March 5, 2014
Credit Union Management magazine’s Web-only “Good Governance” column runs the first Wednesday of the month.
I’ve long said that being a CEO of an organization is one of the hardest jobs in the world. I’ve had the opportunity to help lead a number of organizations myself and have found myself being challenged to find the right balance between fiduciary and strategic agenda items at board meetings.
Having formally observed a number of credit union board meetings in recent years, I have realized that this struggle is shared by many credit union CEOs and board chairs. And the proof of this difficulty goes well beyond the anecdotal. In recent assessments of credit unions throughout the United States, a surprising number of credit union board members reported a lack of genuine strategic dialogue at their monthly board meetings.
Finding the right balance between operational oversight and strategic dialogue is a real struggle. But one that is very much worth fighting. There are a number of reasons why such a balance is difficult to achieve, but I’d like to focus on one reason in particular: Many credit union leaders get “stuck” in one mode of thought. What do I mean by that?
CEOs and board members frequently lack a framework or vocabulary to ask the full range of questions necessary to effectively carry out their governance responsibilities. As such, and often by default, many credit union boards spend the majority of their time in the fiduciary realm of thought.
Frequently, this notion of fiduciary is paired with the word “oversight.” As credit unions, we’re very good—and often most comfortable—with providing oversight. We are stewards of our members’ hard-earned money, and so we are traditionally strong at reviewing the financials, ensuring legal and regulatory compliance, instituting appropriate financial controls, conserving the organization’s resources and even mitigating key risks.
As we should be.
I would imagine your credit union spends a great deal of time talking about (or reporting on) fiduciary items at your board meetings. In fact, I’ve had clients who issue monthly board packets -- some 100, 200 or even 300 pages long -- and then spend the vast majority of their board meetings simply reviewing those written reports.
Don’t get me wrong. Fiduciary thought is absolutely necessary, and it has a vital place - especially in the credit union community. The problem is that while fiduciary thought is necessary, it is certainly not sufficient if you desire a governance culture operating with excellence. Yes, more is needed. But the extra effort yields significantly greater rewards.
The “more” that is needed is to begin incorporating strategic discussions into your board meetings regularly. Please note that I am not talking about “strategic planning.” It is highly likely you already incorporate some form of strategic planning into your meetings annually - or every few years - when your board undertakes the review or revision of your strategic plan.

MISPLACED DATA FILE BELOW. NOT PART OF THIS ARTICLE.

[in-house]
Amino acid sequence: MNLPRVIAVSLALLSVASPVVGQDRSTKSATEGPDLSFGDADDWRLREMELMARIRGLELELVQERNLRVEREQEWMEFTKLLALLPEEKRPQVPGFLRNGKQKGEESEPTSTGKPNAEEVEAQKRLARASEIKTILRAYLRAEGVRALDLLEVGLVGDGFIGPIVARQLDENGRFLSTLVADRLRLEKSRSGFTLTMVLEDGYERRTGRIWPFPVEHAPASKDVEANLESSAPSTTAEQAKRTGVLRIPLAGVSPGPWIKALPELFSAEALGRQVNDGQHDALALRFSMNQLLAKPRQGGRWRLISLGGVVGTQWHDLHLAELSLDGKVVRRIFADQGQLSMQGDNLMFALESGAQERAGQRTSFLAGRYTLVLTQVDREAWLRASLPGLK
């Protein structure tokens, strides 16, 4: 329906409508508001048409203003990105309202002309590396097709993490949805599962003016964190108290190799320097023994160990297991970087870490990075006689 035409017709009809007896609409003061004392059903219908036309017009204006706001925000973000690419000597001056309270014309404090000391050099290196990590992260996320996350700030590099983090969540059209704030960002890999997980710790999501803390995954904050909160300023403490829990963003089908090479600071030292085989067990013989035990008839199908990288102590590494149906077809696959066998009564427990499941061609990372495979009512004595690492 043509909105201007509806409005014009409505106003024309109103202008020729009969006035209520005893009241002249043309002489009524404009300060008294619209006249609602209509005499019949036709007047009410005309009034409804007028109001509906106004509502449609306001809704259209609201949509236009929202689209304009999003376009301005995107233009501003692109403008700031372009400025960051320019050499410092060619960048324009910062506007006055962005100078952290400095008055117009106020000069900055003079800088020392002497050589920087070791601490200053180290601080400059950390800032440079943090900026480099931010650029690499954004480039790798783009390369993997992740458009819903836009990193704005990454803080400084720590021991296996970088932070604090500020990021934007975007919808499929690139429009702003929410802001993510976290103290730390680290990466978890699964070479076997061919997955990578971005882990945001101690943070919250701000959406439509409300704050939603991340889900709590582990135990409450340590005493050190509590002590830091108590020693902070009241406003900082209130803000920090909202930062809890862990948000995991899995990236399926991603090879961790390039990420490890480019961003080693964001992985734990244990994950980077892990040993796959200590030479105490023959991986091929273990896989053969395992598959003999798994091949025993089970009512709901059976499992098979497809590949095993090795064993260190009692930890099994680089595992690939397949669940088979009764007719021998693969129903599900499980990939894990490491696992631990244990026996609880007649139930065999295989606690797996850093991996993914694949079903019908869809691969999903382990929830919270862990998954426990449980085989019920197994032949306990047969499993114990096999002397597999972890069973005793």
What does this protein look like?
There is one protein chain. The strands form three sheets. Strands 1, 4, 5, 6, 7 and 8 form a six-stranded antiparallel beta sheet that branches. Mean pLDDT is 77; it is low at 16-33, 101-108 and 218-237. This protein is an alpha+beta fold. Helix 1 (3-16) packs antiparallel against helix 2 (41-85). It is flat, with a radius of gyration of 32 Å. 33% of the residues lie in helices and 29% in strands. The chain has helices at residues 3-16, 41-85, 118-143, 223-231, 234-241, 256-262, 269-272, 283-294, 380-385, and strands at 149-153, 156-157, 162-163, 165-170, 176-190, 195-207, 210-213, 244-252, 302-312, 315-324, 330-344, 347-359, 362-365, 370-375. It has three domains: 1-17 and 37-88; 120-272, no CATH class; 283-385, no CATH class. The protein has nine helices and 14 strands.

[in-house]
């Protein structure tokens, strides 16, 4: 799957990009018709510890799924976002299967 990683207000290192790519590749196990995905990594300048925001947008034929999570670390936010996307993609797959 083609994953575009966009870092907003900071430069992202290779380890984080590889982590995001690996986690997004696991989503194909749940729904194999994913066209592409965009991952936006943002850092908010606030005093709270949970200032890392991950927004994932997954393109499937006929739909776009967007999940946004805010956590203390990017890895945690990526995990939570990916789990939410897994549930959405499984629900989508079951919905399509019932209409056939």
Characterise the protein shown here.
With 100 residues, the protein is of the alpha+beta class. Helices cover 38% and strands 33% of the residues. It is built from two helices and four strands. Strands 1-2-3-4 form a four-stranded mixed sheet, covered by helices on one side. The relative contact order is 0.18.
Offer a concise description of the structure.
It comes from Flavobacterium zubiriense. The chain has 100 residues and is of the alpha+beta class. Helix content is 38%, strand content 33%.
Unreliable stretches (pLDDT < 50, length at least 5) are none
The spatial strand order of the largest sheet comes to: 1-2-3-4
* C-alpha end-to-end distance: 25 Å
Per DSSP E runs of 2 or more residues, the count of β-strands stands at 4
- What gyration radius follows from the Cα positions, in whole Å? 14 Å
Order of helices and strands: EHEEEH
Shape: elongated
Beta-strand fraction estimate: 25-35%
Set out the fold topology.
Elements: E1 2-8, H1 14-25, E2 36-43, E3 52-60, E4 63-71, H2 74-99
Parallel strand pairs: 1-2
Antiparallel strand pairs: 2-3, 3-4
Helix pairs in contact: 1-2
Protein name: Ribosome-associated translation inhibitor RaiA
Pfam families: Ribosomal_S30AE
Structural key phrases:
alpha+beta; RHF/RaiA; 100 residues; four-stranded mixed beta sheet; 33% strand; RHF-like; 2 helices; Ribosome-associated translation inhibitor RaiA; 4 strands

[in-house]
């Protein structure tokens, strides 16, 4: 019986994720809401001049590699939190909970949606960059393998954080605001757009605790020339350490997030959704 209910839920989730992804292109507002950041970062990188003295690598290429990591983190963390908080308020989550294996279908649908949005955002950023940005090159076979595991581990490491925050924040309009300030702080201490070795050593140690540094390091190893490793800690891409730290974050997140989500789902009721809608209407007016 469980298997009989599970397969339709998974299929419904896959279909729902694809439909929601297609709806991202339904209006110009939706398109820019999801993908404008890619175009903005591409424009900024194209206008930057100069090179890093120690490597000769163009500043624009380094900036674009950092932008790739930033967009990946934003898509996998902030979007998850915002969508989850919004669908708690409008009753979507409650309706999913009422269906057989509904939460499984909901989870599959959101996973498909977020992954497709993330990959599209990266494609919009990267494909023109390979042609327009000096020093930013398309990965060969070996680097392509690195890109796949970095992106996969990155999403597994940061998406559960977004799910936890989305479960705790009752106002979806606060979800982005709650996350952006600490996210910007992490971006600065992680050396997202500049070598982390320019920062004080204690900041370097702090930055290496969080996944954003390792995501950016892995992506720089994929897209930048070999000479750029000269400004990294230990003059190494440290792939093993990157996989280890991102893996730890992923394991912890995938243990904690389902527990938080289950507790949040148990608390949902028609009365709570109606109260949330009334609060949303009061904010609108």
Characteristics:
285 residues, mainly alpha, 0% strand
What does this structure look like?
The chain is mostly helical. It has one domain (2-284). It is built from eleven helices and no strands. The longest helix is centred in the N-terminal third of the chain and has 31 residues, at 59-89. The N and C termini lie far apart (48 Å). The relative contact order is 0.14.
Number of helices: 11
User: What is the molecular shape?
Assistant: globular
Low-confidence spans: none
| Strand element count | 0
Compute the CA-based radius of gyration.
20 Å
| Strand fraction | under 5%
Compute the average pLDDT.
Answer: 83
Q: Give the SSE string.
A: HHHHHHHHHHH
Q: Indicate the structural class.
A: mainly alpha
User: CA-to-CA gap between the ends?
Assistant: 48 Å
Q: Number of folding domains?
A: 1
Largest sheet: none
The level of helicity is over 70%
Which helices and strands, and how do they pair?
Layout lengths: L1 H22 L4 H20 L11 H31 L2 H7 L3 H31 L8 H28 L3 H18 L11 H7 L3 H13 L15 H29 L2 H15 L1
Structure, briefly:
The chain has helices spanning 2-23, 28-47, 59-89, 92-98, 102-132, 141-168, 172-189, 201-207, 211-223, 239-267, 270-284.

I am, however, suggesting that the board and senior management exercise their “strategic thinking muscles” very regularly. If you don’t, you won’t be able to adapt to changing market conditions. Nor will you improve at identifying, planning and executing high-impact strategic initiatives. (It’s a lot like my golf game. I know how to hit the ball reasonably well, but playing only once or twice a year, my game has seen no real improvement in 20 years.)
By modifying their regular meeting agendas, boards and senior management teams can work in constructive partnership throughout the year to create the credit union of the future, craft thoughtful dashboards of strategic success, find ways to innovate, experiment and learn on an ongoing basis. They can also work diligently together to scan the internal and external environments surrounding their credit union, identify evolving member needs, analyze competitive benchmarks and see key marketplace trends long before others.
Begin to think of “strategic planning” as an ongoing process of strategic discussions and learning opportunities throughout the year -- not a discreet occurrence with a start and a finish.
And so the question is...What’s on your next board meeting agenda?
Michael Daigneault, CCD, CEO of CUES strategic partner Quantum Governance, L3C, has more than 30 years of experience in the field of governance, management, strategy, planning and facilitation. More than 30 percent of Quantum Governance’s engagements involve helping credit unions. Daigneault is a Certified Credit (Union) Director, having served as executive in residence at CUES Governance Leadership Institute™ at the University of Toronto’s Rotman School of Management.